WEATHER-WISE DWP STUDYING HIGH-TECH SPRINKLERS.
Sprinklers spraying in the rain is one of the most frustrating sights in water-parched Los Angeles.
That and the ever-increasing strain on drinking water supplies prompted the Department of Water and Power to allocate $160,000 to experiment with technology that could lessen waste by letting the weather dictate irrigation.
Hot day? The sprinklers will run longer. Overcast? They'll run a little less. Rain? The equipment won't even turn on.
Some 15 homeowners associations, apartment complexes and sprawling office parks in the west San Fernando Valley are the first to test the technology in a one-year pilot project. The Valley's heat and large, landscaped subdivisions make it the ideal proving ground.
Residents can use as much as 70 percent of their water to keep grass and shrubs green, much of it overflowing into streets or soaking already-wet sod. DWP officials hope the weather-sensitive technology can eventually be installed on lawns through the city to curb overwatering and run-off.
``You're using potable water, drinking water to irrigate this,'' said Robert Estrada, looking at the grass and shrubbery in one gated community in Porter Ranch. ``These days there isn't enough drinking water to go around.
``If you can conserve by watering to the weather, that's more water for the rest of us.''
So far the DWP is seeing fewer gallons lost to landscaping on the pilot properties, despite this being one of the driest years on record.
Luis Ponce, a landscaper tending the View Ridge Townhouses in Porter Ranch, said the smart sprinkler system has reduced runoff and the development is using about 20 percent less water for its grass since being installed six months ago.
``We used to have a lot more water running down the street each day,'' Ponce said.
The developments are using the same sprinklers they've always used. The difference is the shoe box-size controllers that either replace or attach to the existing timers used for large-scale irrigation systems.
The controllers use wireless technology, akin to that used by pagers or Internet-capable mobile phones, to receive irrigation directions based on weather forecasts. The information is updated daily and is site-specific, with soaking tailored to grass, shrubs or flowers.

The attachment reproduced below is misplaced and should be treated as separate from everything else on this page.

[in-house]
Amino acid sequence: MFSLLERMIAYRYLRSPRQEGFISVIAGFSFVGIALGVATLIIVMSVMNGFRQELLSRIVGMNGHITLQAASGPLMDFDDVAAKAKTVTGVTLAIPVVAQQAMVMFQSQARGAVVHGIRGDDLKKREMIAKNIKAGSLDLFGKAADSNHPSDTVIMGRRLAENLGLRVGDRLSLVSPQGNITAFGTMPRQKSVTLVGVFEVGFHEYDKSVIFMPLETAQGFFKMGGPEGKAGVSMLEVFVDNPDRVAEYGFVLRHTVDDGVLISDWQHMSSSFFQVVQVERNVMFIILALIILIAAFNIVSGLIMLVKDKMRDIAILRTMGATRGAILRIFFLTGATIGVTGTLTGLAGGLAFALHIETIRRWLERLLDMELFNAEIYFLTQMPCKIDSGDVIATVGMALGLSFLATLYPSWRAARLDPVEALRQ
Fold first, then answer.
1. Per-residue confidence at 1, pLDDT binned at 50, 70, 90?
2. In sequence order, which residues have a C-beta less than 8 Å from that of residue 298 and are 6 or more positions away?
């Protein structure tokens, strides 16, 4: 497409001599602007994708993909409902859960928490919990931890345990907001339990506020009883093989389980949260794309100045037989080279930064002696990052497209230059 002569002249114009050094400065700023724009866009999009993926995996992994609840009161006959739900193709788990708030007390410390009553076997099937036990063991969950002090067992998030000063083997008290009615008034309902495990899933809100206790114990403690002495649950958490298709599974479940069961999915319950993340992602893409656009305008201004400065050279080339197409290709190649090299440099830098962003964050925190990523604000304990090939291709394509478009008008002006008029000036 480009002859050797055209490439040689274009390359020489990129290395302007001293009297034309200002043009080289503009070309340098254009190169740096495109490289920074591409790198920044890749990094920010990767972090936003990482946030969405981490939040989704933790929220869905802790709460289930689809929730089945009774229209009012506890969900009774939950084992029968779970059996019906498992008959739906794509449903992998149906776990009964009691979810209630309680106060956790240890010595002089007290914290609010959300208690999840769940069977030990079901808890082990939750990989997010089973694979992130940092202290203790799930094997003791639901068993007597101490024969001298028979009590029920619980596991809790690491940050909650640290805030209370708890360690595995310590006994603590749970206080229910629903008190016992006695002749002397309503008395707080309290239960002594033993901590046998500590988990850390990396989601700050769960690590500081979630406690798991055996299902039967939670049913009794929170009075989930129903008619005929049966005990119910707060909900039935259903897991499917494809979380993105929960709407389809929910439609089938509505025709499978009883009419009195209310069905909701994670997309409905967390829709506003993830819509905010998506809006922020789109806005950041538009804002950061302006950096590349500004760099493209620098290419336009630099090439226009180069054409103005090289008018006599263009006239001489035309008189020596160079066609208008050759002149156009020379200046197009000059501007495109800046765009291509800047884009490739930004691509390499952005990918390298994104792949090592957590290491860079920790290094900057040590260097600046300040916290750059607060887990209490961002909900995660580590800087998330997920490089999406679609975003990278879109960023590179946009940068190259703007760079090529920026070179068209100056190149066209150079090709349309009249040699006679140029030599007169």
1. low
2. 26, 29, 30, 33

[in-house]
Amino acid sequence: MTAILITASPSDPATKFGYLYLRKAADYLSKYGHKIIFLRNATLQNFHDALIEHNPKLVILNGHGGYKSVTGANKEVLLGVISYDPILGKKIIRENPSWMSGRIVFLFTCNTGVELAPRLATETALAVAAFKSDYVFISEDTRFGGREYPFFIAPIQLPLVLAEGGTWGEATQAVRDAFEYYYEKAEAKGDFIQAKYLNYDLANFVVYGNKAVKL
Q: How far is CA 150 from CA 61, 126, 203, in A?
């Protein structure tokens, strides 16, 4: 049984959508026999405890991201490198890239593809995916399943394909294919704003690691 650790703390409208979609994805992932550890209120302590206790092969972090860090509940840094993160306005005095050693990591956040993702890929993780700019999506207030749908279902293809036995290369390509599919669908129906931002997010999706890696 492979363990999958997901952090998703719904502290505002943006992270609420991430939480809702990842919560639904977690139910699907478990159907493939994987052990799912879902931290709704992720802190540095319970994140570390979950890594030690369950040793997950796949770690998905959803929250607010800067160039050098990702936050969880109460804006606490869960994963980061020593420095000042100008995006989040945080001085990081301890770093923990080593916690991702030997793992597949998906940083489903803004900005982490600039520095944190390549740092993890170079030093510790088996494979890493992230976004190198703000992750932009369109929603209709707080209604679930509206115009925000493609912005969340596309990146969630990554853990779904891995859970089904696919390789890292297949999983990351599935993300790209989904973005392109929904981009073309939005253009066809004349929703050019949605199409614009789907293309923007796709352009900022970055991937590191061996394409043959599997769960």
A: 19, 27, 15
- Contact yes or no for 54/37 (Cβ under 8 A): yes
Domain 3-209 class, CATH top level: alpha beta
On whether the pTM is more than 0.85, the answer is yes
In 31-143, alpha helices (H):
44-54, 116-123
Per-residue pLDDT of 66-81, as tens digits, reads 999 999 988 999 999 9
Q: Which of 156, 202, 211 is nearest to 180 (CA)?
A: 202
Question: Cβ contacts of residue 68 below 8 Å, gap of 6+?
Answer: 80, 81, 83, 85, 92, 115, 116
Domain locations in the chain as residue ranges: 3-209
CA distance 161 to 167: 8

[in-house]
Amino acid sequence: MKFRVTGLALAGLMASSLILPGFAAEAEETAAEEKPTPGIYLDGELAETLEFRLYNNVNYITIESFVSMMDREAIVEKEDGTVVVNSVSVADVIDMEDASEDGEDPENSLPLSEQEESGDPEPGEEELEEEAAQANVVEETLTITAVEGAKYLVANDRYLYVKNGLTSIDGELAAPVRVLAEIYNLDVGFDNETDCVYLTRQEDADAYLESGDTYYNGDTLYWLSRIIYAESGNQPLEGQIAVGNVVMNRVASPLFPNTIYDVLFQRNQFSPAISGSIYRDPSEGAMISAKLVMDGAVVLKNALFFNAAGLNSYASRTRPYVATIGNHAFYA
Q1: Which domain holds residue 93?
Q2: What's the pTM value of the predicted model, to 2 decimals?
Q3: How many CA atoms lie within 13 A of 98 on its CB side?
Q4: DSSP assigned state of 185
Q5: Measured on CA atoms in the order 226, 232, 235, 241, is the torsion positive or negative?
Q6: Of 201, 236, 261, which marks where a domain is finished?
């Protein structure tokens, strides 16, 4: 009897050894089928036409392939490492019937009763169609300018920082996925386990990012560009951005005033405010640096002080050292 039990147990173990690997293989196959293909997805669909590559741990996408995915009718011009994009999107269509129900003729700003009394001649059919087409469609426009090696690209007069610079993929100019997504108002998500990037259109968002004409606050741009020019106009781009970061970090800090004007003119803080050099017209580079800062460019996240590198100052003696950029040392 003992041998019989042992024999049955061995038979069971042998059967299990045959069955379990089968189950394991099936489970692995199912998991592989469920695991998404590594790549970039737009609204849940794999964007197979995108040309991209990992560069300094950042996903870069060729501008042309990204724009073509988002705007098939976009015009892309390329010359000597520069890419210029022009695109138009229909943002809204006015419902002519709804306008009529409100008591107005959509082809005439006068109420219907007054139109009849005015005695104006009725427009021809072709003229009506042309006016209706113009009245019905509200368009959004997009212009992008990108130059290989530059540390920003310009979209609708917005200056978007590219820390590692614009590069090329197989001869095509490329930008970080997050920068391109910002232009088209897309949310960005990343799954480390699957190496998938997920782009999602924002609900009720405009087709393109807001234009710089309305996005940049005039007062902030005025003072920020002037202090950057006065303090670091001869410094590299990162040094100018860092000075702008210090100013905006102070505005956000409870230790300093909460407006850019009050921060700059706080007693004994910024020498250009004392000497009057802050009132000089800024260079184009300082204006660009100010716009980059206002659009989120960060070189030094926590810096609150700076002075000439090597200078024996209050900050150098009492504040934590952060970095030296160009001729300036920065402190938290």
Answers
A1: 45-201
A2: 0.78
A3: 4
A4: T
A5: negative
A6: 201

Water2Save and WeatherTrak, the two companies contracted by the DWP, take National Weather Service data and basically page or send e-mails to the controllers, which then direct sprinklers to water more or less depending on the climate that day.
``Landscapers typically don't have time to go around and adjust all the controllers'' based on the weather, said Gary Gelinas, president of Solano Beach-based Water2Save. ``We felt that if we could do that automatically we would use water more efficiently.''
The Irvine Ranch Water District is also experimenting with weather- sensitive sprinkler systems and installed controllers at 40 homes. Water conservation horticulturist Tom Ash said consumption dropped by 17 percent and runoff was cut in half. More importantly, 97 percent of residents with the systems said their lawns looked as good or better than before, he said.
The technology is increasingly being used by large homeowners associations and businesses with lots of landscaping and big water bills. At roughly $100 per month per controller for the Water2Save plan or roughly $200 per controller box under the WeatherTrak system,the smart sprinklers aren't realistic yet for most single-family homes.
The DWP hopes to expand its project next year by offering the weather- sensitive sprinklers to homeowners, Estrada said. The city agency ultimately could add the equipment to its water conservation rebate program.
(1) View Ridge Townhouses landscaper Luis Ponce makes an adjustment to a sprinkler head on one of the complex's sprinkler systems run by remote control as part of a Department of Water and Power test program.
(2) DWP conservation specialist Robert Estrada shows off a new WeatherTrax irrigation-control unit that regulates sprinkler systems by remote control.
Andy Holzman/Staff Photographer
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|Publication:||Daily News (Los Angeles, CA)|
|Date:||Oct 13, 2002|
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